Owners of Tamarind Tree restaurant withdraw legal action over Westlegate roadworks

Peerada Morgan-Johnson from the Tamarind Tree restaurant, All Saints Green, Norwich. The business h

Peerada Morgan-Johnson from the Tamarind Tree restaurant, All Saints Green, Norwich. The business has withdrawn legal action against Norwich City Council regarding the roadworks outside the restaurant. - Credit: Nick Butcher

A city centre restaurant has decided not to proceed with legal action against Norwich City Council despite losing over £10,000 worth of trade during the pedestrianisation of Westlegate.

The view from outside the Tamarind Tree during the All Saints roadworks. Picture: Bradley Morgan-Joh

The view from outside the Tamarind Tree during the All Saints roadworks. Picture: Bradley Morgan-Johnson - Credit: Archant

Owners at The Tamarind Tree Thai restaurant say they were ready and willing to pursue a civil claim against the council for loss of earnings - after construction work caused a year of disruption to their business.

Today, director of The Tamarind Tree Peerada Morgan-Johnson said they didn't want to take any more money from the public purse and will not pursue legal action.

'We thought long and hard about it but decided we are not going to do it, because we do not want to take more money from the local community,' she said.

MORE: 'We were penned in' - Tamarind Tree Thai restaurant to sue council for £10,000 over Norwich All Saints roadworks

The work to pedestrianise Westlegate and All Saints Green cost around £3m and was opened to the public in late May and early June of this year.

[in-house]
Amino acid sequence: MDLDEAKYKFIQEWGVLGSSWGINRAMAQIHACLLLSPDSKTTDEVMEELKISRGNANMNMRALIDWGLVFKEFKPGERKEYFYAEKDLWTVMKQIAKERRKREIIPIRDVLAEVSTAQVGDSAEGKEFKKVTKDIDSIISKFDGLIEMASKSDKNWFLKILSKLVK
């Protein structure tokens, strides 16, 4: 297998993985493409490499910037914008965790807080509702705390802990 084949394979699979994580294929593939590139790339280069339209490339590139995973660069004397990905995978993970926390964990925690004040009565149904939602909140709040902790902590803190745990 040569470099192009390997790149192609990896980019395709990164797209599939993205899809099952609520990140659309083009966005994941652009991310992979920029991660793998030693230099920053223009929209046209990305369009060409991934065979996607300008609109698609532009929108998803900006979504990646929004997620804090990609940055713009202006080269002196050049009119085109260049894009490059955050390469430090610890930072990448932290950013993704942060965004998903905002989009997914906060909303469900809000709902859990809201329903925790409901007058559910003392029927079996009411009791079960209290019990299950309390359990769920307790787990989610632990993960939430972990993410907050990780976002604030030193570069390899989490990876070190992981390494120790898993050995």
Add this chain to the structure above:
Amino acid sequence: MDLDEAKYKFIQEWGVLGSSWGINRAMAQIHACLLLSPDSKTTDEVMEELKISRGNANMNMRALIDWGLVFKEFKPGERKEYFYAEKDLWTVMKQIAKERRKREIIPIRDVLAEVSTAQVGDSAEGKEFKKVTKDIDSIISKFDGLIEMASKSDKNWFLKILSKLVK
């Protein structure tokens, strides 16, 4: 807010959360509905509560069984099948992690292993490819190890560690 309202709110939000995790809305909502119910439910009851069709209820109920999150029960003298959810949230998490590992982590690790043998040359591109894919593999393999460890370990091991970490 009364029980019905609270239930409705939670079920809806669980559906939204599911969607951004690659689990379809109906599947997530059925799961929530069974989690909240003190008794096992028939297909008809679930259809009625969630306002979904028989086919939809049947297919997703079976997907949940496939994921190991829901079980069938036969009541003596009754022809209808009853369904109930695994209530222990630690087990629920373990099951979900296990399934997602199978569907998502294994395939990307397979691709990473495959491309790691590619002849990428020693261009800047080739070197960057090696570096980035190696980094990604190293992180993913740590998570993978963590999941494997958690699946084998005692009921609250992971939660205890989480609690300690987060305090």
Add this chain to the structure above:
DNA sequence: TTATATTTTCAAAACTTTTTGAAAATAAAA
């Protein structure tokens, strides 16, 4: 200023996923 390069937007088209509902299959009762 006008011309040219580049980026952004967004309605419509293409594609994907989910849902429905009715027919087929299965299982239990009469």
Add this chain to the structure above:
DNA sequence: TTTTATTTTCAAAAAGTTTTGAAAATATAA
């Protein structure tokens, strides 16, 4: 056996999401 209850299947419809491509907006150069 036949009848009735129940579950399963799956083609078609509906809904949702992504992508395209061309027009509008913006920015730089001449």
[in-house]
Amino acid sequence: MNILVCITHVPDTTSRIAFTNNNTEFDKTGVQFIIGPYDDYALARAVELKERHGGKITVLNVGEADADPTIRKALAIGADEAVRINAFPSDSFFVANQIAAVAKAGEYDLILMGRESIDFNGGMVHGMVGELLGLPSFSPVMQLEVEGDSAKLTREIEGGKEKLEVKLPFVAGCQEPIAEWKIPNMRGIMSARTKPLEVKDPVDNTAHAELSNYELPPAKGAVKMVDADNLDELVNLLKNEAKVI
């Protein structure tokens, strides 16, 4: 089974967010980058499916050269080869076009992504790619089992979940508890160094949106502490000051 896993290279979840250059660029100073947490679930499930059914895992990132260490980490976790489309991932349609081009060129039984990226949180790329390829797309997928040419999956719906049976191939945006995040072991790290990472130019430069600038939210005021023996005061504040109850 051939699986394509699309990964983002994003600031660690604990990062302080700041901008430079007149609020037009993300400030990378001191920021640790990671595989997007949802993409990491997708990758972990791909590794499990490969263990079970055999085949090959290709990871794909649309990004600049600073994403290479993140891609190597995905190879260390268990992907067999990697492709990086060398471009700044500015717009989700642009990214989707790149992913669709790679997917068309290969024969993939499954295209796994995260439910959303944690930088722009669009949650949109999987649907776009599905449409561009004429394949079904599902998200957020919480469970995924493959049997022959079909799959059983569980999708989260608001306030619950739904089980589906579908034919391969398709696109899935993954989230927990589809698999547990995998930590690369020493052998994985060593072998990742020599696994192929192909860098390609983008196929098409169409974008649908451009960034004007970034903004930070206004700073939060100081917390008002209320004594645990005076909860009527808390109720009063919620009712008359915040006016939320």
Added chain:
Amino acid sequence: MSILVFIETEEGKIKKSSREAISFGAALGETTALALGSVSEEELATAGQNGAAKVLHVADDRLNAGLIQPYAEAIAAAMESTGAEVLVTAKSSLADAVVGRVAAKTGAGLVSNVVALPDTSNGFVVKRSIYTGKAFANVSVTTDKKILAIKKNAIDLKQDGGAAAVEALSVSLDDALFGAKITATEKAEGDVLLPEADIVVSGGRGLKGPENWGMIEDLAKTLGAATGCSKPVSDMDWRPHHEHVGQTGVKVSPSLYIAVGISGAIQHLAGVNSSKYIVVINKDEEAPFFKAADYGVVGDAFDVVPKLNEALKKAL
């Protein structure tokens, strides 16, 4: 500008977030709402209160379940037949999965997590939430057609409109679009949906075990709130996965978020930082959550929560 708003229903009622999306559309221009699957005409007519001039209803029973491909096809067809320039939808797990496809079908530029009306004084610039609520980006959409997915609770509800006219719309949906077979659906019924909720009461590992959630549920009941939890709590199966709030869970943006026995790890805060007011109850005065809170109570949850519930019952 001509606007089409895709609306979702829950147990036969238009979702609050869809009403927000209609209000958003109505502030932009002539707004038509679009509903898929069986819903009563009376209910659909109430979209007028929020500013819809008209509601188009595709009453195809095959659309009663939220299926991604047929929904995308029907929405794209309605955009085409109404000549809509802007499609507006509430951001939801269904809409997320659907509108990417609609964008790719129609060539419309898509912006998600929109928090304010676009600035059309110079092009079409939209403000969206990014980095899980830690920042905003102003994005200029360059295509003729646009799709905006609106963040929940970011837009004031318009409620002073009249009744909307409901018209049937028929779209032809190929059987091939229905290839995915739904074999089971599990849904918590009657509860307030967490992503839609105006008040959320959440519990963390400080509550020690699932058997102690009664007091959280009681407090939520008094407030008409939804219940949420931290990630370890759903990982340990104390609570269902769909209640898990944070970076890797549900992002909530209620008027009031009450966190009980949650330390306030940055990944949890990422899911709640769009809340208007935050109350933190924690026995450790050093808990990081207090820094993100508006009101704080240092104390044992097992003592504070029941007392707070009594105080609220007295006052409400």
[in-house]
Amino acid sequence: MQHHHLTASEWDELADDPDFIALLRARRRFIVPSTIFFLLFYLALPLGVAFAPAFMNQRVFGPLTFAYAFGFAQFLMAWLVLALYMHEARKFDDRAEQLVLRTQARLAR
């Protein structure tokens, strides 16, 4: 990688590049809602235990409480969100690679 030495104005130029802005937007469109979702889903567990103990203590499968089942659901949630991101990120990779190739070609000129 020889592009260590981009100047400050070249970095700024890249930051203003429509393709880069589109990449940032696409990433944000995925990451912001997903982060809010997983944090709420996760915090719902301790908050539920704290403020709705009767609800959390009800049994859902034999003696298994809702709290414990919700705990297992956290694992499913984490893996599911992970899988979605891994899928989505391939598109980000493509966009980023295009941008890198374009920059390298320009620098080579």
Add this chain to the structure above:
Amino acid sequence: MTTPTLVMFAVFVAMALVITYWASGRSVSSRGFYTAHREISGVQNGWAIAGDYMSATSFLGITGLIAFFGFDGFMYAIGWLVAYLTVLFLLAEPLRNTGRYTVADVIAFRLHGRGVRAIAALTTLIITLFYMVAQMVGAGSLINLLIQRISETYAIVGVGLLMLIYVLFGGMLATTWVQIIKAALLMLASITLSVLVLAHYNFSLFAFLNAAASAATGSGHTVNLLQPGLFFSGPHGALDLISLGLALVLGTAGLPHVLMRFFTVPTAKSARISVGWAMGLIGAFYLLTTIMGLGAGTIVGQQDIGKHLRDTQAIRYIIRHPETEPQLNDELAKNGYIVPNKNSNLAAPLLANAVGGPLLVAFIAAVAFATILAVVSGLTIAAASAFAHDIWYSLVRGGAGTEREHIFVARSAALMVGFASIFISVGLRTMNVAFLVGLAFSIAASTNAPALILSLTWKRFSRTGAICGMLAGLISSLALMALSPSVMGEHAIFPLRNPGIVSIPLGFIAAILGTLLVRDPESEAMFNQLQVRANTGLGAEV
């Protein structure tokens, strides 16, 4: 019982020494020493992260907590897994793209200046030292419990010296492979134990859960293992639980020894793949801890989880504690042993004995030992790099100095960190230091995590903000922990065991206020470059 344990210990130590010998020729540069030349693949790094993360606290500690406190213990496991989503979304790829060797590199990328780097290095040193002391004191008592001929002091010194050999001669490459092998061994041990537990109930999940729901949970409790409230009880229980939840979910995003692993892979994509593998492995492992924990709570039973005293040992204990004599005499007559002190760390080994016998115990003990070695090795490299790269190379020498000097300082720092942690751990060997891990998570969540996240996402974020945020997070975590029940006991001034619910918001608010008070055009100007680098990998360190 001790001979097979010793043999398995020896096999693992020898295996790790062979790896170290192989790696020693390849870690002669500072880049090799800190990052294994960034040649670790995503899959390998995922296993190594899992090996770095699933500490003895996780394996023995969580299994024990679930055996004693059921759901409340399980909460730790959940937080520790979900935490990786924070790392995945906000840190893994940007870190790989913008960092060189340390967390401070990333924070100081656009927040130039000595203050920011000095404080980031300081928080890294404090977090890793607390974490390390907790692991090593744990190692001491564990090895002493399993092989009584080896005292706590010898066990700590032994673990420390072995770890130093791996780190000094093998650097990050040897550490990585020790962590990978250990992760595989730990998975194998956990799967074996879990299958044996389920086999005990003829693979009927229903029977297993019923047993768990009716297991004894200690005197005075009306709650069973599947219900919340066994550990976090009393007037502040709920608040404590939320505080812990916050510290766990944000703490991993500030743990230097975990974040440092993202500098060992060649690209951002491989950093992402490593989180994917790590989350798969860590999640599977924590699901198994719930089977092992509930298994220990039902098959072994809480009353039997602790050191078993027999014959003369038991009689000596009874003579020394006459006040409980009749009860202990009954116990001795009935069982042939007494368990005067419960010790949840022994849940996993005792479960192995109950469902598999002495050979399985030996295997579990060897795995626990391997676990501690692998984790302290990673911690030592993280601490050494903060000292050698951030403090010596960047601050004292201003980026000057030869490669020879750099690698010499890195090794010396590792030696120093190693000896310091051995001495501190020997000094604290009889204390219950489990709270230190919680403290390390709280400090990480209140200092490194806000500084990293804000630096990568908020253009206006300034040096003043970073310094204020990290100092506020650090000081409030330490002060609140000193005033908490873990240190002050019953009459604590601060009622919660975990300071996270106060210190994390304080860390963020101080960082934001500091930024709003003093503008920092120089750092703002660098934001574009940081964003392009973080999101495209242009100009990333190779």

After the work was complete Mrs Morgan-Johnson said they had been 'penned in' by extensive roadworks and the restaurant made a substantial loss.

'Now we just want to focus on growing our business,' she said. 'There is however many hundreds of thousands of pounds that have gone into that already. With so much wasted over the last year - even though we had a loss of over £10,000 we have listened to public opinion and do not wish to add to the cost.

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'The area looks great now and we are steadily picking up. We are recovering and there will be a gain from the development.

'There was always a chance we could lose and we have got about a third of what we lost back through business rate discounts.

'The money we lost would have been our growth budget and it is still a fairly contentious issue, but we have to get over it to grow.

'It had the short term effect of nearly putting us out of business because we had such a dramatic fall in trade.'

Mrs Morgan-Johnson has urged the council to be more open with businesses for future schemes.

'We just want to draw a line under it now,' she said.

'The loss made it harder to catch up but trade is steadily increasing and we are focusing on growing our business now.'

A spokesman for Transport for Norwich said: 'We appreciate the patience and cooperation of everyone while construction of this large-scale project took place. The transformation in the look and feel of the area is already seeing more people spend time there and we hope the benefits this brings will soon be felt in the city centre and its local economy.'

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